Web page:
Why Kotlin Multiplatform?
Optional means the tech is designed to be used along with the native tech. Most cross-platform frameworks allow you to integrate them into existing apps, but are generally not designed to make that easy. The optional sharing nature means it is easy to evaluate KMP in your existing apps. The optional sharing nature makes KMP low-risk.
Kotlin was designed to interop with the JVM directly, and Kotlin Native has been designed to use LLVM to produce actual “native” code. For iOS, the Kotlin compiler outputs an Xcode Framework that Objective-C and Swift can communicate with directly.
Most new languages and platforms are developed as open source. Not only does open source significantly reduce the risk of debugging issues, but it also allows the community to participate in the platform development. To help ensure good public direction and guidance, Jetbrains and Google, along with other industry representatives, created the Kotlin Foundation to help steer future Kotlin direction.
This is important. For libraries, support, training, hiring, etc. The ecosystem you pick needs to be popular. Having a very small ecosystem introduces it’s own form of risk. Kotlin Multiplatform is currently small, but growing very rapidly. It is very unlikely to lose momentum now. There will be an early adopter impact, but there’s also an early adopter opportunity.
Kotlin is a changing platform, attempting to incorporate lessons from other languages and ecosystems. This will mean better productivity and safety, and a longer “shelf life” for the ecosystem as a whole. It is a future-proofed ecosystem.
One of my own favorite quotes is: “The history of shared UI has a lot of pain and failure. The history of shared logic is the history of computers.” Speaking of native mobile specifically, Android and iOS are very similar under the hood. If the tooling was great, and the integration was seamless, it would be crazy not to create a shared codebase for at least some of the logic and architecture of applications.
What’s in Touchlab’s Essential Guide to Kotlin Multiplatform?
Smart Time to Share Common Code
Why this is a unique moment in mobile development history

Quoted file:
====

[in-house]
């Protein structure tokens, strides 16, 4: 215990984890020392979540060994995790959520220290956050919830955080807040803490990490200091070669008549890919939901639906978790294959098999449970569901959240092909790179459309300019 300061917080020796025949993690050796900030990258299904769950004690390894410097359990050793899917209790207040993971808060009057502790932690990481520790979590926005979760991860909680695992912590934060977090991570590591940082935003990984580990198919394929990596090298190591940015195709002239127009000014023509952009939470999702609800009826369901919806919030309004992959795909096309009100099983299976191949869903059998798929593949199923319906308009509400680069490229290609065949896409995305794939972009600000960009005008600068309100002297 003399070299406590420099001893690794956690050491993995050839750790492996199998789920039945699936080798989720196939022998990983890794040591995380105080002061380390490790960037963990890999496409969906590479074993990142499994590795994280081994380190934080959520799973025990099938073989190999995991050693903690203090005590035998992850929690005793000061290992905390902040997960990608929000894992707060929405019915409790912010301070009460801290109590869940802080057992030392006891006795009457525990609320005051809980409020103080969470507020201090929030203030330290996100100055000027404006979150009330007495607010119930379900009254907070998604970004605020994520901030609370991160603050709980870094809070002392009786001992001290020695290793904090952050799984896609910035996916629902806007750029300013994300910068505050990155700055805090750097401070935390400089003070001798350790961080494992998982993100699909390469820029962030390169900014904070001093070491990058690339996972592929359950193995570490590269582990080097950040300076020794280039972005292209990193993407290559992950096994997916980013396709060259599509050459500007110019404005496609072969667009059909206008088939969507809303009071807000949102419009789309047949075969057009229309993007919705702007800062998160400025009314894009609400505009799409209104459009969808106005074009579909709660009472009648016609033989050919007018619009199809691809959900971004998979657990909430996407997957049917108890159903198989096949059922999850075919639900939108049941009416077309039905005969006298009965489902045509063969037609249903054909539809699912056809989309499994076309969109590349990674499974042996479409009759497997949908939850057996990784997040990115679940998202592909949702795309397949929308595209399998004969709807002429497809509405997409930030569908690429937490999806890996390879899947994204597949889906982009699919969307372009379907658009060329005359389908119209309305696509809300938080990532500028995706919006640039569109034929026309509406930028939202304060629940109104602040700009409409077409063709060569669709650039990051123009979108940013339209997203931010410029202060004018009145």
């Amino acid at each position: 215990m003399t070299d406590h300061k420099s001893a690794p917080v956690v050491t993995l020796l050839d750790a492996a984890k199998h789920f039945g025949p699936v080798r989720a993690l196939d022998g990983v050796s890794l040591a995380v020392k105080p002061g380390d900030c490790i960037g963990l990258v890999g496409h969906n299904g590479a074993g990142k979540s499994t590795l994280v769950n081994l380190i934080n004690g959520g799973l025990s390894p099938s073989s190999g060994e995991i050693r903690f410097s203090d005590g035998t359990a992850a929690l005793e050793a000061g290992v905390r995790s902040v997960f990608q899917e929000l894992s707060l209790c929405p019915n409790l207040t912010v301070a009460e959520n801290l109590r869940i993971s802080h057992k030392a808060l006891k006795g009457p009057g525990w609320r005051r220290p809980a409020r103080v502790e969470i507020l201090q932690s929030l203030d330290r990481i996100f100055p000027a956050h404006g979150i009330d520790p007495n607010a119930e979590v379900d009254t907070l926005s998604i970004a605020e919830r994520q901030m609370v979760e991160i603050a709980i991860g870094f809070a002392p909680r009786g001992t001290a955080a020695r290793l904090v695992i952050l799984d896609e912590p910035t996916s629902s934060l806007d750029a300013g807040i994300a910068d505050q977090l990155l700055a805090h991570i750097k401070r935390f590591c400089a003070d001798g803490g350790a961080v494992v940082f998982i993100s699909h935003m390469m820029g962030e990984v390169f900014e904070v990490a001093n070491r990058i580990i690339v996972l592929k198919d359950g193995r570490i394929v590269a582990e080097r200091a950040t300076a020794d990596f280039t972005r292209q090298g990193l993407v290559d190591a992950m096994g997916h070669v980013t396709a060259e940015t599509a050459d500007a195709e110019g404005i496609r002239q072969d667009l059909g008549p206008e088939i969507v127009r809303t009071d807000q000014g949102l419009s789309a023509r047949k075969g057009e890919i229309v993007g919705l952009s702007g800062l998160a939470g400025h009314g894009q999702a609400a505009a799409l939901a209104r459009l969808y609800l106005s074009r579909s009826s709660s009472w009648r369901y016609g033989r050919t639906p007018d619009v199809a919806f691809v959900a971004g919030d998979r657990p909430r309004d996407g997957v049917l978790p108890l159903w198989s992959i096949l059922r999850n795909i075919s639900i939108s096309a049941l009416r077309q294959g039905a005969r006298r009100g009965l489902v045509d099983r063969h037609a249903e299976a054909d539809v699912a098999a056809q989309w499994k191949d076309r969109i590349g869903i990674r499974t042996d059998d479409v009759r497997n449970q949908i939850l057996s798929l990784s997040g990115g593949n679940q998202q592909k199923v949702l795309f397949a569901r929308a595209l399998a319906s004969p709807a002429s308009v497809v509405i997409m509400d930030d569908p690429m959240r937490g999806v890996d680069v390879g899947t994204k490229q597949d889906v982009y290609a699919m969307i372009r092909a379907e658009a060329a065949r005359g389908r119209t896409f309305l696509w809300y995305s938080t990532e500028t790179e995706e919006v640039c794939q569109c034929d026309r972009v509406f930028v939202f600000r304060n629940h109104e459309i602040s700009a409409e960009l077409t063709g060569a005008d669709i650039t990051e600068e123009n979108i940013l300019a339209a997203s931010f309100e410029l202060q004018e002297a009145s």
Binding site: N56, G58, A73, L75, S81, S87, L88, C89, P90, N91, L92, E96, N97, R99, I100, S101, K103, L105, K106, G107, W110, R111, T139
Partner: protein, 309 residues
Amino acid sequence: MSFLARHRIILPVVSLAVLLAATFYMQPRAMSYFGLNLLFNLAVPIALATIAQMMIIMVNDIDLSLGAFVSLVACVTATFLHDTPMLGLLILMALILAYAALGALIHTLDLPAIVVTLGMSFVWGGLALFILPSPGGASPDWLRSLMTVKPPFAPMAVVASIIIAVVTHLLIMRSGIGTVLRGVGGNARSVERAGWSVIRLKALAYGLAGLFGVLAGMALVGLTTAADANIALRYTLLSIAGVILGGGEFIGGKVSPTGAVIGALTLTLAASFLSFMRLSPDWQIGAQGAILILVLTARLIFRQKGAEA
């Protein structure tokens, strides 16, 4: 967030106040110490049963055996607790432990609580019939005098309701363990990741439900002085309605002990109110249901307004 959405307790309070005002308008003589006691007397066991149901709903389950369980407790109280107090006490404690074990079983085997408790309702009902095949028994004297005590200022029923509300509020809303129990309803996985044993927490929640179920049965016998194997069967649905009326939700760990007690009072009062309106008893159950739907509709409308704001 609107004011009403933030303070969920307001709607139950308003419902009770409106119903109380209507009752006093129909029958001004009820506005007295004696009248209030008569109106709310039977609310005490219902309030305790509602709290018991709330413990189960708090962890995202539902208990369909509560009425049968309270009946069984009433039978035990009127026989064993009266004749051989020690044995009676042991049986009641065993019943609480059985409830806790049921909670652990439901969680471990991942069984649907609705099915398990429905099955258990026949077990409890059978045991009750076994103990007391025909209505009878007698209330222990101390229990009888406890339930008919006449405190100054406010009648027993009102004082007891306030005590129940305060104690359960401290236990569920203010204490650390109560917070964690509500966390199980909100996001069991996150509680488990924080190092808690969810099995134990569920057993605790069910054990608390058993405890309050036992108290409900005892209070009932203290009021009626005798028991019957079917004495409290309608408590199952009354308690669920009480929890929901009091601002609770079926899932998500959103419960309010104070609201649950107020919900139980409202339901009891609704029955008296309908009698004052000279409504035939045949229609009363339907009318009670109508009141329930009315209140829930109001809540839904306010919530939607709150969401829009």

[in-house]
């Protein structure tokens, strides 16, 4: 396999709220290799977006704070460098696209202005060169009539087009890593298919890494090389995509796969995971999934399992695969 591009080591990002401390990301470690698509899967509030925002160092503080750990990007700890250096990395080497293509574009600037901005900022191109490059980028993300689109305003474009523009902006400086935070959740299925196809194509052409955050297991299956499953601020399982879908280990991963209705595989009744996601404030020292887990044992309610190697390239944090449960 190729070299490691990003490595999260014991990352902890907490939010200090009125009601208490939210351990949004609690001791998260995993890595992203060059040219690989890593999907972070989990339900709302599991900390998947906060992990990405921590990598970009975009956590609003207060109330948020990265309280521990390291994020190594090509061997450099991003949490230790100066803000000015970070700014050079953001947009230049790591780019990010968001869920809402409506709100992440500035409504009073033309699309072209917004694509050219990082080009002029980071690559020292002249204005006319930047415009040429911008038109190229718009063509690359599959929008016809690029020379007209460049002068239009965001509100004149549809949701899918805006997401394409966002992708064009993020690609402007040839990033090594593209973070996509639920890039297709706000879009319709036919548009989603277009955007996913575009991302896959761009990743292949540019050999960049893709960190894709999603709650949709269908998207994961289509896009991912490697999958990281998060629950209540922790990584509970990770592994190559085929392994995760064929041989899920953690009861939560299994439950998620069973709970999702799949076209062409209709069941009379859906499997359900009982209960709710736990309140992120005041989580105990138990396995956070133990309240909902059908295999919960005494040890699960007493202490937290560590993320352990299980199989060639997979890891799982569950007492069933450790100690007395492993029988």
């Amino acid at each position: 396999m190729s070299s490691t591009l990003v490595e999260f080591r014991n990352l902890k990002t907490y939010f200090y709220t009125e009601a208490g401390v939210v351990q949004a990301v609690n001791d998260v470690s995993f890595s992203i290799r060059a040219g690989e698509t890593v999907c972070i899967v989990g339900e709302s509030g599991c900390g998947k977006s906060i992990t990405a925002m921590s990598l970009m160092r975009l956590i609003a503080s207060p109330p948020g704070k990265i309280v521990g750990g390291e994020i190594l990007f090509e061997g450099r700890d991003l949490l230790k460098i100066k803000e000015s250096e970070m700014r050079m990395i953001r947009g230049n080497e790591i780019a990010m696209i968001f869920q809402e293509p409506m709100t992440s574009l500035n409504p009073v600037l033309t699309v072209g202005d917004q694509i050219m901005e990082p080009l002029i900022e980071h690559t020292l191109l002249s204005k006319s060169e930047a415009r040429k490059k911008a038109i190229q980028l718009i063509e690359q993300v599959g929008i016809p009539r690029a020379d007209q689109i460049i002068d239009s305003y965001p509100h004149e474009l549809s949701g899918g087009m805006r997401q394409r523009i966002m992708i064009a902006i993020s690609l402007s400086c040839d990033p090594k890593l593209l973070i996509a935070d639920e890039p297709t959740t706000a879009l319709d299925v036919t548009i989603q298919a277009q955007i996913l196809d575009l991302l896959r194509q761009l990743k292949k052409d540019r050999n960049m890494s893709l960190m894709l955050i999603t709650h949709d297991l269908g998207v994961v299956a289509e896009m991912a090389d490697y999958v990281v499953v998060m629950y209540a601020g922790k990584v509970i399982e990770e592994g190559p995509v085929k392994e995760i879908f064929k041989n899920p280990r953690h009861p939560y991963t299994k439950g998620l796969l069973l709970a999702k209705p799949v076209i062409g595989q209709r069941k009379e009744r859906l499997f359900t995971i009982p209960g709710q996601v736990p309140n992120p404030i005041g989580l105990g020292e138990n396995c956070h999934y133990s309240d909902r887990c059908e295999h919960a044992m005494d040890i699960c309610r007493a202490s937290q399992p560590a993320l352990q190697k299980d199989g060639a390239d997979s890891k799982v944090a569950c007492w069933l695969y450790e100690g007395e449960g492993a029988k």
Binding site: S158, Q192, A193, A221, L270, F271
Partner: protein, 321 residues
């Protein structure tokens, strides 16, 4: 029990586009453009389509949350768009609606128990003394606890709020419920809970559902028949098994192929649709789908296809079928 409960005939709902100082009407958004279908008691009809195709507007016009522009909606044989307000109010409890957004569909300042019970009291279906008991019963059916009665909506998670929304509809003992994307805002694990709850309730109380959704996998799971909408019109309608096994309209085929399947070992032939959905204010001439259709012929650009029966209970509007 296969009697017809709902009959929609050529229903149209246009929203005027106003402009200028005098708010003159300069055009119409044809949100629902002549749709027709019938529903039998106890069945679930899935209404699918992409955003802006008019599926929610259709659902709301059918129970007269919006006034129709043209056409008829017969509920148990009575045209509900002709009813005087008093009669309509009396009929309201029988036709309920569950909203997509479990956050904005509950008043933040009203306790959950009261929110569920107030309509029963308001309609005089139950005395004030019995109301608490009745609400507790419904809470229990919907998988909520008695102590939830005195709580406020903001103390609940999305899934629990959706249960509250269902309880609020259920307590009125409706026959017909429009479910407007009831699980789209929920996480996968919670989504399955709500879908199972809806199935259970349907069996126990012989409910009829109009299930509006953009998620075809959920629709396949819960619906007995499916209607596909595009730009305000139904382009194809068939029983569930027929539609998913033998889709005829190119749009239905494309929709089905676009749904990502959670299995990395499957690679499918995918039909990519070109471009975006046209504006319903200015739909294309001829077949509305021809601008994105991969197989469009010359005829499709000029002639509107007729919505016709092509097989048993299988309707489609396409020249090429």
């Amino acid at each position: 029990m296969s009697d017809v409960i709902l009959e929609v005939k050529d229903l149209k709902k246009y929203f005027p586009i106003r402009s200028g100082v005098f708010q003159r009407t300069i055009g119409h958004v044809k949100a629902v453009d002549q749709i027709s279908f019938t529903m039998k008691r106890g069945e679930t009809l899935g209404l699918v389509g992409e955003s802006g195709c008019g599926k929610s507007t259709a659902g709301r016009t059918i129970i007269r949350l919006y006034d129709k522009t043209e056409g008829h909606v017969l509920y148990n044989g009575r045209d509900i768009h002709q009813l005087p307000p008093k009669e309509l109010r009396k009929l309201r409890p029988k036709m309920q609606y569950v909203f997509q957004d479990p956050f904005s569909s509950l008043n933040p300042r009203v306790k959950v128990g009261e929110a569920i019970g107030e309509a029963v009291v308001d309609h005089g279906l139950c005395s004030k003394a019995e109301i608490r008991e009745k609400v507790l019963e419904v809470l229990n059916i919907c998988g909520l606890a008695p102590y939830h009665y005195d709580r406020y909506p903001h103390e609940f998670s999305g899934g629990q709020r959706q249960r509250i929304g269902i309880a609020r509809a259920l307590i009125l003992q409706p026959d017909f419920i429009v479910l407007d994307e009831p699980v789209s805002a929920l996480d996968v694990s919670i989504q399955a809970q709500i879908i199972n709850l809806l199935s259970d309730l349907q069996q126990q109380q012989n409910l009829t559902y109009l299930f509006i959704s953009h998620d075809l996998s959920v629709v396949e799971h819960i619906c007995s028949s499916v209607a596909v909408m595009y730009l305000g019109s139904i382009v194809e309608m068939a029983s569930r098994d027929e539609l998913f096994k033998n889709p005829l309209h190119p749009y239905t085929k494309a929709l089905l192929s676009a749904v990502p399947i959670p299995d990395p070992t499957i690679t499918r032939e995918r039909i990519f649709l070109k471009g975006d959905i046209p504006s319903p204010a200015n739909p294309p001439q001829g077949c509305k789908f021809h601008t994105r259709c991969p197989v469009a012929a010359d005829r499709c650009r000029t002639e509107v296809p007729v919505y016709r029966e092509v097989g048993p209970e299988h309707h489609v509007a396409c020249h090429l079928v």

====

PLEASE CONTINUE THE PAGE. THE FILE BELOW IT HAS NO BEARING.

Framework to Evaluate Multiplatform Solutions
A framework for evaluating popular multiplatform mobile solutions
The KMP Pitch
Why Kotlin Multiplatform (KMP) is the most flexible and least risky solution for your mobile development team
Excerpt from our Essential Guide to Kotlin Multiplatform
Kotlin enables you to write once, and test once. No siloed development teams. The same code can be used across Android, iOS and Web apps with no changes, eliminating the need for a translation layer. In essence, you’re reducing the amount of business logic coded by frontend developers by consolidating it efficiently with native code, but not oversimplifying abstractions. What’s not to love about that? No wonder there’s a groundswell of enthusiastic support in developer communities around the world. There are 1.5 million developers currently using Kotlin, with 96,000 GitHub repositories containing 100 million lines of code. And the numbers keep growing. It’s one of the top two languages that developers are hungry to learn.
Kotlin was developed as a completely new language eight years ago, built from the ground up as a pragmatic approach to coding – a way to develop cleanly, clearly, and quickly.
Simply put, Kotlin is more readable, reusable, interoperable, and safer, offering a first-rate developer experience.
Developers love our community contributions
— “…was able to build and run both platforms with no issues and fast build times.”
— “Wow great work! I was able to open the iOS project as well after I ran the build command. I still have to wrap my head around the whole idea but very NICE!“